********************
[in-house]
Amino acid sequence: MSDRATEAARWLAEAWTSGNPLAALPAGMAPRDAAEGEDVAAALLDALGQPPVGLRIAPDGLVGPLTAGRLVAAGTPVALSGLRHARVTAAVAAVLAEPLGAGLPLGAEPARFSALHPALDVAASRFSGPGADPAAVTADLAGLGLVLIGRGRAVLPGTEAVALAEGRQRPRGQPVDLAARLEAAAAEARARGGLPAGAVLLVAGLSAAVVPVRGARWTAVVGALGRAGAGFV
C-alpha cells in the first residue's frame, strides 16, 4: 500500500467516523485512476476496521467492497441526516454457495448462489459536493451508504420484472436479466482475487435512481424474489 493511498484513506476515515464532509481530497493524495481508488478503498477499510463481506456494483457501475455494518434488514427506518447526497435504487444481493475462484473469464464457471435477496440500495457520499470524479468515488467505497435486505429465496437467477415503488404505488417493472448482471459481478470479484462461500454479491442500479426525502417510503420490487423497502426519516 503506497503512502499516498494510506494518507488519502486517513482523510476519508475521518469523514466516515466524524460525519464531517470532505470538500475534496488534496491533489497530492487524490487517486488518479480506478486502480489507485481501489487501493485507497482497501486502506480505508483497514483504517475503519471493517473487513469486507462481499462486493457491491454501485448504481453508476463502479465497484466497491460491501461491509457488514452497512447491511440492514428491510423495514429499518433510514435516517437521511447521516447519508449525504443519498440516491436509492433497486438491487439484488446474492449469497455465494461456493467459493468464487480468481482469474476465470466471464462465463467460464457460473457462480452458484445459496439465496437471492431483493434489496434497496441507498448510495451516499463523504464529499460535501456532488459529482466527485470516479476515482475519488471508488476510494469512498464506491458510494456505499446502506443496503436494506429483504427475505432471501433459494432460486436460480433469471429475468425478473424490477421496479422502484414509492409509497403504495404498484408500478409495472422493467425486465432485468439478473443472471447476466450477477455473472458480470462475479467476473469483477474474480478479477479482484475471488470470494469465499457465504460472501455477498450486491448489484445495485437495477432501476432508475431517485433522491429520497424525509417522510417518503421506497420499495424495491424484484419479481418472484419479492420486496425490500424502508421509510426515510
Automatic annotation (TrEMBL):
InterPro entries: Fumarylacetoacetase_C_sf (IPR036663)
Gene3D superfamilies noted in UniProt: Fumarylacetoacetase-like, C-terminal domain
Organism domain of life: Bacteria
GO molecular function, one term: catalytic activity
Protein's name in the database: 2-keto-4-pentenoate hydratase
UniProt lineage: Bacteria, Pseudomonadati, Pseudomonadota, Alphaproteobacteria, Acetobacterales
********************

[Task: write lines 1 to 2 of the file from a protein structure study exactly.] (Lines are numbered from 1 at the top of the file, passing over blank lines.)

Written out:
[in-house]
Amino acid sequence: MSDRATEAARWLAEAWTSGNPLAALPAGMAPRDAAEGEDVAAALLDALGQPPVGLRIAPDGLVGPLTAGRLVAAGTPVALSGLRHARVTAAVAAVLAEPLGAGLPLGAEPARFSALHPALDVAASRFSGPGADPAAVTADLAGLGLVLIGRGRAVLPGTEAVALAEGRQRPRGQPVDLAARLEAAAAEARARGGLPAGAVLLVAGLSAAVVPVRGARWTAVVGALGRAGAGFV